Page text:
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Giacomo Gastaldi (1500 – 1566)

sometimes referred to as Jacopo or Iacobo, is considered the foremost Italian cartographer of the sixteenth century.  Born in Villafranca, Piedmont, he established himself in Venice by 1539, working originally as an engineer but turned to mapmaking from the 1540s onward and made his reputation as an engraver, geographer and cosmographer. Gastaldi‘s 1548 edition of Ptolomy‘s „Geographia“, a set of 60 maps, made three contributions to the development of map production. On one hand It was the first atlas which included regional maps of the America‘s. On the other hand he created the first pocket-size collection, published in only one edition (which makes it difficult to obtain individual maps. Finnall, Gastaldi‘s work also indicated a shift in cartographical technique by its use of copper plates instead of woodblocks which allowed the engraver to render a much higher level of finesse and detail. Gastaldi was named cosmographer to the Republic of Venice, became a member of „Academia Veneziana“ and was a major source for other geographers and mapmakers including Camocio, Berteli and Ortelius.

Size: 17 x 13 cm
Image: Uncoloured
Year: 1548

Map details

This elegant early map of Scandinavia, in trapezoidal form, including most of the Baltic, and the North Atlantic to Greenland and Iceland, England, Scotland and Ireland („Hiberniae Pars“), was built upon previous publications, in particular, on the North Atlantic map of Jacob Ziegler (1532) and Sebastian Münster‘s maps of the World and of the North for the Basel editions of Ptolemy (1540/1542).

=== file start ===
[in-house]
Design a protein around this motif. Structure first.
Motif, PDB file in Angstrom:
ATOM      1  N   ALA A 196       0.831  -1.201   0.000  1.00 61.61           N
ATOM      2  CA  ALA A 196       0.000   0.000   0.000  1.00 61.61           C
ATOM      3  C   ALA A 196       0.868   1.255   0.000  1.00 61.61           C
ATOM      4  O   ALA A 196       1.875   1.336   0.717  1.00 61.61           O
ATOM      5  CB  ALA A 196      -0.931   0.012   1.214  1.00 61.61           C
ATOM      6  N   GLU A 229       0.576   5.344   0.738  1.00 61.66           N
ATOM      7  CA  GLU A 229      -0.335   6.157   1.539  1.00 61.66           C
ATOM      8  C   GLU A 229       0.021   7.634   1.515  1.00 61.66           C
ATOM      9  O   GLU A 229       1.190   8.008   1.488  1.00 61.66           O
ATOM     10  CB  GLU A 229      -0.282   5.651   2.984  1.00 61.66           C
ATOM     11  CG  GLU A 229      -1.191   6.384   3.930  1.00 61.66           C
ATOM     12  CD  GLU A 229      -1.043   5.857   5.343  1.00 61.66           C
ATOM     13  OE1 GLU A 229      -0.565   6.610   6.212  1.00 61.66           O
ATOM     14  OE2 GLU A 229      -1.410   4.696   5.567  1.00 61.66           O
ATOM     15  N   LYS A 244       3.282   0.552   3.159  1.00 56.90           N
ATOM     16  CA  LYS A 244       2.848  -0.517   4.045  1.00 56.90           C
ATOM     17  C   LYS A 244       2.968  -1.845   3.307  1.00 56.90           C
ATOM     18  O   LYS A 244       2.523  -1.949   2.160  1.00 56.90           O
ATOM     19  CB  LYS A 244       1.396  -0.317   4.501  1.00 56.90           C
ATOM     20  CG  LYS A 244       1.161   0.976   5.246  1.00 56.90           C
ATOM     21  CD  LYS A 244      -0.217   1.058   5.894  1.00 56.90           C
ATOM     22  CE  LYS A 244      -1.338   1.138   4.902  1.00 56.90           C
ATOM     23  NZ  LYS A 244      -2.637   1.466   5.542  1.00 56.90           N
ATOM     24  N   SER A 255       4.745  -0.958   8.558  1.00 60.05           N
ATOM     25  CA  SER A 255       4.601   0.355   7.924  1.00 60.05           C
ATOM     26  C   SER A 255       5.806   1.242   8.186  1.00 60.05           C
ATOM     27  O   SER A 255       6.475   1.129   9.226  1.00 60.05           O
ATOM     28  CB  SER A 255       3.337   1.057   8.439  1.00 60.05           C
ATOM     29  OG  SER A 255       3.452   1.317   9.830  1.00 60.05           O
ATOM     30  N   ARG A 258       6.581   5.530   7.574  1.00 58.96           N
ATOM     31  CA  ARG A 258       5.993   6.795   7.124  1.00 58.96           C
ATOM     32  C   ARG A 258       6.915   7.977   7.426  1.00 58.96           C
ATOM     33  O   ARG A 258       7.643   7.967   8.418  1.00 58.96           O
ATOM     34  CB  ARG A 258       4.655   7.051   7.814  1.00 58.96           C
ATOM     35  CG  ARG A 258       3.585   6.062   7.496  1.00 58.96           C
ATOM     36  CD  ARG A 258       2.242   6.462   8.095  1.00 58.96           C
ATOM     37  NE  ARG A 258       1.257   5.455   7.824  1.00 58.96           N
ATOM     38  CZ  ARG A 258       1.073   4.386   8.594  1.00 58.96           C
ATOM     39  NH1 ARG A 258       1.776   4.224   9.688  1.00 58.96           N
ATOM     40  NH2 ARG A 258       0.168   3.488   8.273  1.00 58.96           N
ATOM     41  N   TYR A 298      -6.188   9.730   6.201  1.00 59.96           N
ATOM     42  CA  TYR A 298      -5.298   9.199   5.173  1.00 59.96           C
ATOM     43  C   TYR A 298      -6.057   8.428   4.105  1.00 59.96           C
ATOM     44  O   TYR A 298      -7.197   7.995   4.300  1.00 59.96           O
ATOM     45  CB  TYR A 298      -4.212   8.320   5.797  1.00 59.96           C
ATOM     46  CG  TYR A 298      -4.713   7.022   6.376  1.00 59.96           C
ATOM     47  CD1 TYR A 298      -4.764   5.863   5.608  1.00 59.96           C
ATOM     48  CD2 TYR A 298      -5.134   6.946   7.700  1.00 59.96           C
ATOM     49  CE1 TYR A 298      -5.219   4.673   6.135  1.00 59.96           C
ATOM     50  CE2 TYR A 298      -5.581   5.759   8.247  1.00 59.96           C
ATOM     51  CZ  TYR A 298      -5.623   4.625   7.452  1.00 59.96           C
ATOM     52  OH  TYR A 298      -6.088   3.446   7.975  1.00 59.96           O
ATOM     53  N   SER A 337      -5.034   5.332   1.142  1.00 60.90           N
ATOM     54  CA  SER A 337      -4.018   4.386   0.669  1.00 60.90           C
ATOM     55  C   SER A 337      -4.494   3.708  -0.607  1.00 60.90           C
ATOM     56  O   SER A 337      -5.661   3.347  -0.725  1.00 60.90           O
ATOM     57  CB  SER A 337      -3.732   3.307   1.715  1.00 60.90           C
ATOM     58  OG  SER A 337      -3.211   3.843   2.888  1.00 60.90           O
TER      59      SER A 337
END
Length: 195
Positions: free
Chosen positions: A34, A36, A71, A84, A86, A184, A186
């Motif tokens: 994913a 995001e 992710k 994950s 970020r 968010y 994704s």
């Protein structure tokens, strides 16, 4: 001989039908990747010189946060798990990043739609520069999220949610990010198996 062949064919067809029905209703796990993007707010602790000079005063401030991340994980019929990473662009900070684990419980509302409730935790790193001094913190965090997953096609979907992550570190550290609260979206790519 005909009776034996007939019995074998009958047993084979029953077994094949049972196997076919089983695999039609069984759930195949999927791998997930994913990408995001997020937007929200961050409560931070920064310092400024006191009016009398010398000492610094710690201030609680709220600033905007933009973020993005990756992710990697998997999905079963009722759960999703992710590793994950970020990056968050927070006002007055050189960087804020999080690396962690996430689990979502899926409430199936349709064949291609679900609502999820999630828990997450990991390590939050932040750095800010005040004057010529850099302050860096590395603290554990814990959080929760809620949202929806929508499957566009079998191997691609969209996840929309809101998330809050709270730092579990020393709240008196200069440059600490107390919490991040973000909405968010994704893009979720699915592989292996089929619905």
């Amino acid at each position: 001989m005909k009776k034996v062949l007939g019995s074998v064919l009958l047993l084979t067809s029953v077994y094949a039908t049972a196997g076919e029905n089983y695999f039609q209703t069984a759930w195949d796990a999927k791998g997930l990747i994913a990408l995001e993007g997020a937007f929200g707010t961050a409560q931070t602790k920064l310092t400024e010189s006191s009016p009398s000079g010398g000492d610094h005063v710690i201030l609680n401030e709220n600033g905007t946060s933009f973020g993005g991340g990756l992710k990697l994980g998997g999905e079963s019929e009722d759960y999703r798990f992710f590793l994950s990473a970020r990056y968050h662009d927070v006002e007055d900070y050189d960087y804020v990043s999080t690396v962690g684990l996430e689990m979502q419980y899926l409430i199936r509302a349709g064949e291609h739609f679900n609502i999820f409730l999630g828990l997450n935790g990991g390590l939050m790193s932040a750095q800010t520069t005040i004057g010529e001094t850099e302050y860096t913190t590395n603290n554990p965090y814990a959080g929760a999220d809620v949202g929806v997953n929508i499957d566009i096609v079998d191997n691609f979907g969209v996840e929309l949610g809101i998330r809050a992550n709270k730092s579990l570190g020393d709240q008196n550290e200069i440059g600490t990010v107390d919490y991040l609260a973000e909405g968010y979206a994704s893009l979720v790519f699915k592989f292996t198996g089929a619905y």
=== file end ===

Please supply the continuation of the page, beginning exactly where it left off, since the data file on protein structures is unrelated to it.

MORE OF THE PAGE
The title is placed on top of the map. It is nicely decorated by two sea monsters north and south of Ireland and by a tree with two dogs along the oblique line on the left.
Remarkable is the land bridge from Greenland to Scandinavia which is also to be found on the famous Zeno map of 1558.

Iceland is completely out of shape and bears the name „THYLE“. In the interior there are few place-names:  „Skalholten“ and „Holen“, the two bishoprics (with church symbols) and „Hekelfol“ which means the famous volcano Hekla (the other two names cannot be explained).

The southernmost part of Greenland is designated „ISLANDIA“ (!) and the two bishoprics are also to be found here but are written differently: „Scalholdin“ and „Holensis“. Additionally there are five „Berge“ (the German word for mountains) to be seen.